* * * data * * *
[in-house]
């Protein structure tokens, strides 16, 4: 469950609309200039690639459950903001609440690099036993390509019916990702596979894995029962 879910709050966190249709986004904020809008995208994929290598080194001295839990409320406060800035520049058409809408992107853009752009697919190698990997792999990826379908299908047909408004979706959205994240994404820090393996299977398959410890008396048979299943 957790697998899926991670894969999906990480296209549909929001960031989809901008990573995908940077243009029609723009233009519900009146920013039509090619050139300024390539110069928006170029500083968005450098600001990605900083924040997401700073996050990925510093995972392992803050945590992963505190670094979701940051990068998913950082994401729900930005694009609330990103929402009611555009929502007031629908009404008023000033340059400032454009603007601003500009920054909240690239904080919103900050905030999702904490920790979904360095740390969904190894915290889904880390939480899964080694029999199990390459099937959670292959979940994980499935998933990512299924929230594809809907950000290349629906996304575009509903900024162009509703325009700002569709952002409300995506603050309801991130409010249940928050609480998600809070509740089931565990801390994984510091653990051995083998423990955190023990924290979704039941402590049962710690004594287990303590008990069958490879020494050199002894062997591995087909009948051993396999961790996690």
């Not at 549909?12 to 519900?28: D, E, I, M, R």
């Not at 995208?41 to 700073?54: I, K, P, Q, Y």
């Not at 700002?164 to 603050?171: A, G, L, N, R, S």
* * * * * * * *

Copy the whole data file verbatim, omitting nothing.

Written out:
[in-house]
């Protein structure tokens, strides 16, 4: 469950609309200039690639459950903001609440690099036993390509019916990702596979894995029962 879910709050966190249709986004904020809008995208994929290598080194001295839990409320406060800035520049058409809408992107853009752009697919190698990997792999990826379908299908047909408004979706959205994240994404820090393996299977398959410890008396048979299943 957790697998899926991670894969999906990480296209549909929001960031989809901008990573995908940077243009029609723009233009519900009146920013039509090619050139300024390539110069928006170029500083968005450098600001990605900083924040997401700073996050990925510093995972392992803050945590992963505190670094979701940051990068998913950082994401729900930005694009609330990103929402009611555009929502007031629908009404008023000033340059400032454009603007601003500009920054909240690239904080919103900050905030999702904490920790979904360095740390969904190894915290889904880390939480899964080694029999199990390459099937959670292959979940994980499935998933990512299924929230594809809907950000290349629906996304575009509903900024162009509703325009700002569709952002409300995506603050309801991130409010249940928050609480998600809070509740089931565990801390994984510091653990051995083998423990955190023990924290979704039941402590049962710690004594287990303590008990069958490879020494050199002894062997591995087909009948051993396999961790996690």
């Not at 549909?12 to 519900?28: D, E, I, M, R």
């Not at 995208?41 to 700073?54: I, K, P, Q, Y």
């Not at 700002?164 to 603050?171: A, G, L, N, R, S």